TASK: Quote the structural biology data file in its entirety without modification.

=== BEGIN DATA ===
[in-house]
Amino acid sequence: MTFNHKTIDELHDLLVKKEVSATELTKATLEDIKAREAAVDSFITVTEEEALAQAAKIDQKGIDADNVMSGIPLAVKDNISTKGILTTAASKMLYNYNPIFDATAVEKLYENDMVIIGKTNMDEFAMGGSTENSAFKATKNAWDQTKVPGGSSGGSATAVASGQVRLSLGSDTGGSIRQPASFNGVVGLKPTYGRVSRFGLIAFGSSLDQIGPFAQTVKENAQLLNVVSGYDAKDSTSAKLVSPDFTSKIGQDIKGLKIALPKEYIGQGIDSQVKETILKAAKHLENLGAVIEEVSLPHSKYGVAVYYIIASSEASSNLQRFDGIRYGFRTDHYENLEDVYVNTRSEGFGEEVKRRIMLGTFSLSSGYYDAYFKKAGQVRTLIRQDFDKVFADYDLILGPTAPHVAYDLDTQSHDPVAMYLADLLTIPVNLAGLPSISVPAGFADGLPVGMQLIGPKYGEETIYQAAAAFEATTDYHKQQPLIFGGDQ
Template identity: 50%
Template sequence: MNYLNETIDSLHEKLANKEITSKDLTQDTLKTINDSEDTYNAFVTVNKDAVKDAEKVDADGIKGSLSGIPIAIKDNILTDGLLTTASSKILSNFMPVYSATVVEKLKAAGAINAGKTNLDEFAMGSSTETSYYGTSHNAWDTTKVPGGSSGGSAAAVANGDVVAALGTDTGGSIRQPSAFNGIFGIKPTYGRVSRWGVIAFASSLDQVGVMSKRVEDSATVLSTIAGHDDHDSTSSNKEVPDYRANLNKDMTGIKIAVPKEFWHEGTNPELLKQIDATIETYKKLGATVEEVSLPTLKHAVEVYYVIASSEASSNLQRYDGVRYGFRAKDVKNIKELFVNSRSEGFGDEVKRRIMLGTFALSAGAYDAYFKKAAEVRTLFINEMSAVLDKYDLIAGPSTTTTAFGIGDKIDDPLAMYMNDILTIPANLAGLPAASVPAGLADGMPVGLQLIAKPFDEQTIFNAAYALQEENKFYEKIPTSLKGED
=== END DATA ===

[in-house]
Amino acid sequence: MTFNHKTIDELHDLLVKKEVSATELTKATLEDIKAREAAVDSFITVTEEEALAQAAKIDQKGIDADNVMSGIPLAVKDNISTKGILTTAASKMLYNYNPIFDATAVEKLYENDMVIIGKTNMDEFAMGGSTENSAFKATKNAWDQTKVPGGSSGGSATAVASGQVRLSLGSDTGGSIRQPASFNGVVGLKPTYGRVSRFGLIAFGSSLDQIGPFAQTVKENAQLLNVVSGYDAKDSTSAKLVSPDFTSKIGQDIKGLKIALPKEYIGQGIDSQVKETILKAAKHLENLGAVIEEVSLPHSKYGVAVYYIIASSEASSNLQRFDGIRYGFRTDHYENLEDVYVNTRSEGFGEEVKRRIMLGTFSLSSGYYDAYFKKAGQVRTLIRQDFDKVFADYDLILGPTAPHVAYDLDTQSHDPVAMYLADLLTIPVNLAGLPSISVPAGFADGLPVGMQLIGPKYGEETIYQAAAAFEATTDYHKQQPLIFGGDQ
Template identity: 50%
Template sequence: MNYLNETIDSLHEKLANKEITSKDLTQDTLKTINDSEDTYNAFVTVNKDAVKDAEKVDADGIKGSLSGIPIAIKDNILTDGLLTTASSKILSNFMPVYSATVVEKLKAAGAINAGKTNLDEFAMGSSTETSYYGTSHNAWDTTKVPGGSSGGSAAAVANGDVVAALGTDTGGSIRQPSAFNGIFGIKPTYGRVSRWGVIAFASSLDQVGVMSKRVEDSATVLSTIAGHDDHDSTSSNKEVPDYRANLNKDMTGIKIAVPKEFWHEGTNPELLKQIDATIETYKKLGATVEEVSLPTLKHAVEVYYVIASSEASSNLQRYDGVRYGFRAKDVKNIKELFVNSRSEGFGDEVKRRIMLGTFALSAGAYDAYFKKAAEVRTLFINEMSAVLDKYDLIAGPSTTTTAFGIGDKIDDPLAMYMNDILTIPANLAGLPAASVPAGLADGMPVGLQLIAKPFDEQTIFNAAYALQEENKFYEKIPTSLKGED